"Rather than waiting for pie in the future…" (EMMETT GROGAN)


From a piece by San Francisco Digger Emmett Grogan, as printed in the August 1968 issue of The Realist:

[T]he amount of anxiety, fear, trembling, nervousness that I put out, I know determines people’s reactions to me, whether it’s trust, friendliness despite appearance.

So then, what if all the people who had that insight were able to begin combining forces, totally neutralizing all negative affect, totally letting it drop into the void, hence transforming all that energy into conversion of consciousness to friendly nature—you’d then have autonomous communities rising as they do in San Francisco which involve kids living together and inviting other people in to join them for an evening or longer—it means the amassing of people together as in giant human Be-ins: not so much to demonstrate their force to others but to demonstrate their tranquility and quietness and presence to others, and to themselves; to reinforce the awareness, to exchange Upaya, skillful means, trade secrets of communication-forming proposals—proposition not opposition—proposals for a new society based on new consciousness, and then putting them into operation on a small scale, mutually, into operation as an example, rather than waiting for pie in the sky, rather than waiting for pie in the future, rather than waiting for Utopia to come through revolution.

Practicing on the basis of what’s known already, so we have the development of free stores in San Francisco, free food in the parks, the Diggers’ extensions of energy, the anonymity of most of the Digger people, the Communication Companies or the Free City news services which mimeograph and print the daily news for the people so they get it fast, etc.

Where there’s going to be a rally, where there’s going to be music, where there’s going to be free food, where you can get sleep, where you can get jobs, where you can go out into the country free so you can straighten your head out or freak out among true friends—so you can decontrol yourself of the city conditioning, calm yourself for a while and return to tribal-mammal origins in the original ecology for which we are fit, which is not the noisy, metallic city, as Leary has pointed out very radically and wisely: “Put all the metal underground, back where it belongs.” If there’s going to be bridges and buildings and machinery, then don’t let that displace the living, organic material which is our natural friendly life form.

Obviously the surface of the planet has got to be replanted back to some sort of living delight, instead of dead vibrations. Get to work. You are the Free City planners.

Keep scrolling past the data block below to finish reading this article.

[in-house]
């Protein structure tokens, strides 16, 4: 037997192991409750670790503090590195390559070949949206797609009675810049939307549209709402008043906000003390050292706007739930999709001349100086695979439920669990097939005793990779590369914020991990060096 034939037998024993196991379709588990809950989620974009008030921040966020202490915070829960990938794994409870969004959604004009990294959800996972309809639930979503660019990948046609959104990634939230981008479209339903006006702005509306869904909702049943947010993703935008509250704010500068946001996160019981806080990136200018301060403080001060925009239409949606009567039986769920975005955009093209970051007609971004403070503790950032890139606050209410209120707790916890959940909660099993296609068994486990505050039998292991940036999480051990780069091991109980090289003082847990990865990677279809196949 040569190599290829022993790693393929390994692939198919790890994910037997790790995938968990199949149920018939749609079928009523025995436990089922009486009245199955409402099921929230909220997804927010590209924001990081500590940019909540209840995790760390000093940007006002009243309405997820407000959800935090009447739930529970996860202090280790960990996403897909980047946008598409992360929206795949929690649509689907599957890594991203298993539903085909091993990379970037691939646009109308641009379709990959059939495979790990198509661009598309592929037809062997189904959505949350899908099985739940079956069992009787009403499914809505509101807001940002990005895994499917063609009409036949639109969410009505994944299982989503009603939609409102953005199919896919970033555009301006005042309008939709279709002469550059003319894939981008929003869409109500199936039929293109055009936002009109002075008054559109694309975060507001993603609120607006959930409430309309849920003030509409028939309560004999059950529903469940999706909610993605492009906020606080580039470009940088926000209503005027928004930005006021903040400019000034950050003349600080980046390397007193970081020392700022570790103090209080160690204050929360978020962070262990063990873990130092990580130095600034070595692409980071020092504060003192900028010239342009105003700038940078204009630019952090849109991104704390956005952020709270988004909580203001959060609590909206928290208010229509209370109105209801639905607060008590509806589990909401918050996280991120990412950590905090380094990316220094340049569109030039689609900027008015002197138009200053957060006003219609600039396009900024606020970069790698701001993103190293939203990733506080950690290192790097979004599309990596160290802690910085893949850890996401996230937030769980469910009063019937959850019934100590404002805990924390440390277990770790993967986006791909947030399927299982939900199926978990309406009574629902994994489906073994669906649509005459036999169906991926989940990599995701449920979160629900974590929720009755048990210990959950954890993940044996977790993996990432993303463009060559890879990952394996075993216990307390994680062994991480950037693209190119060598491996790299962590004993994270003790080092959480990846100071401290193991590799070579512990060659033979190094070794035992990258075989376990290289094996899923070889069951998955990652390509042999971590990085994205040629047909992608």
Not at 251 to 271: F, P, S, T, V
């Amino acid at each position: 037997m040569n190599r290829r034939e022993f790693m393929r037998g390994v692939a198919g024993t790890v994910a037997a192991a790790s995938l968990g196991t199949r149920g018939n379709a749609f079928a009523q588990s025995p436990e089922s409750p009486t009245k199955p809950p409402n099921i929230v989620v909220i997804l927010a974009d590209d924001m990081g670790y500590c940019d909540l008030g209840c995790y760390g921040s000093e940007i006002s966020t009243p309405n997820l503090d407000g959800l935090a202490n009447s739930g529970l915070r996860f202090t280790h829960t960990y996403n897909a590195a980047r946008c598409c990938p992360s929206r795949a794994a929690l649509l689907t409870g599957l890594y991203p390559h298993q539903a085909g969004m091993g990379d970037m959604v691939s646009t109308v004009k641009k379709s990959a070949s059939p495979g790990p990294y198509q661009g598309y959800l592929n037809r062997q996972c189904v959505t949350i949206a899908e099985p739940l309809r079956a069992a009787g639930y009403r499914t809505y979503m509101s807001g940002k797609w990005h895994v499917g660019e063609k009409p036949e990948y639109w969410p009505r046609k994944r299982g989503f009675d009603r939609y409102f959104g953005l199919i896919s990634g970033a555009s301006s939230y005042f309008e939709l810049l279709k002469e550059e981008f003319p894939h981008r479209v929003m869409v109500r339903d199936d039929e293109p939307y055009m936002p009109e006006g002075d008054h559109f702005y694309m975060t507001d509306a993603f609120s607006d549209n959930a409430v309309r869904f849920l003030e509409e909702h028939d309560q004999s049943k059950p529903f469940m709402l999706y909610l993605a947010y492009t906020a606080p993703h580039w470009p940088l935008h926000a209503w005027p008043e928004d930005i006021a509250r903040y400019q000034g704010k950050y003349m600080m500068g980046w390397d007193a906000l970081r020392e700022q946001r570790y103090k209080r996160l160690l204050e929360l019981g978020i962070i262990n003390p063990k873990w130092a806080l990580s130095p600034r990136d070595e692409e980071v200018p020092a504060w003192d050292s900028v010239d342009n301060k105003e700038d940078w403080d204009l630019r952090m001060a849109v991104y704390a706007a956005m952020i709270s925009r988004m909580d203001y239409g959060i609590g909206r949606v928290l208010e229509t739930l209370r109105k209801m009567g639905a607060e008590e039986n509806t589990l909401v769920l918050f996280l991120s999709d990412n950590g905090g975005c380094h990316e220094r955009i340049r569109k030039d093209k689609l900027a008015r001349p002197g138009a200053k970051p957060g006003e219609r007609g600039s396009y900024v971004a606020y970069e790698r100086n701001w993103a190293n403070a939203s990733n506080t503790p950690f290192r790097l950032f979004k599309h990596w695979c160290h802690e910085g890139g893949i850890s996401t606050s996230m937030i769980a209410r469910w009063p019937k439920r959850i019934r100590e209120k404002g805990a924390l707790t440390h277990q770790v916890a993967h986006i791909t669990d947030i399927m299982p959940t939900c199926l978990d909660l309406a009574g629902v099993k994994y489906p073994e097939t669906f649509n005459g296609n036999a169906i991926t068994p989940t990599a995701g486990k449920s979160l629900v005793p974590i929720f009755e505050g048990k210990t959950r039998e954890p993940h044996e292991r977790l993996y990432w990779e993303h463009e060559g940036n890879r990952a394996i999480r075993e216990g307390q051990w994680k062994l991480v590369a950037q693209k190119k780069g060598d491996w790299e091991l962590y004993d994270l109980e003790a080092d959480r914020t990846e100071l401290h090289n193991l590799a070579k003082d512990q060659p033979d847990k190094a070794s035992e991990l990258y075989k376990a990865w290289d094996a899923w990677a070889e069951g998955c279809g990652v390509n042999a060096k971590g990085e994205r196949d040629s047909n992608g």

So there is an autonomous idea of what Utopia is, ecologically, as something to work for, and concretely possible toward that sense. Goodman’s suggestion: applying immediate social welfare ideals and principles—pay people to live in the country—like people on New York welfare. Give them the same money, and say: “You don’t have to live in New York, you can live out of New York.” That’ll depopulate New York, remove the pressure on New York, straighten many heads out, calm everybody down to some extent. Have a healthier life—the “underprivileged,” they’ll get in the groove of being way out in the country and walking with clouds and stars, and talking with trees. And also save all the giant bureaucracy costs of the city.

But the only thing that will allow each of us to create his or her Utopia is praxis—and the pooling of our resources to free each of us to pursue our individual activities and strengthen the autonomous boundaries of our free cities of the now.

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About Jay Babcock

I am an independent writer and editor based in Tucson, Arizona. In 2023: I publish an email newsletter called LANDLINE = https://jaybabcock.substack.com Previously: I co-founded and edited Arthur Magazine (2002-2008, 2012-13) and curated the three Arthur music festival events (Arthurfest, ArthurBall, and Arthur Nights) (2005-6). Prior to that I was a district office staffer for Congressman Henry A. Waxman, a DJ at Silver Lake pirate radio station KBLT, a copy editor at Larry Flynt Publications, an editor at Mean magazine, and a freelance journalist contributing work to LAWeekly, Mojo, Los Angeles Times, Washington Post, Vibe, Rap Pages, Grand Royal and many other print and online outlets. An extended piece I wrote on Fela Kuti was selected for the Da Capo Best Music Writing 2000 anthology. In 2006, I was somehow listed in the Music section of Los Angeles Magazine's annual "Power" issue. In 2007-8, I produced a blog called "Nature Trumps," about the L.A. River. From 2010 to 2021, I lived in rural wilderness in Joshua Tree, Ca.

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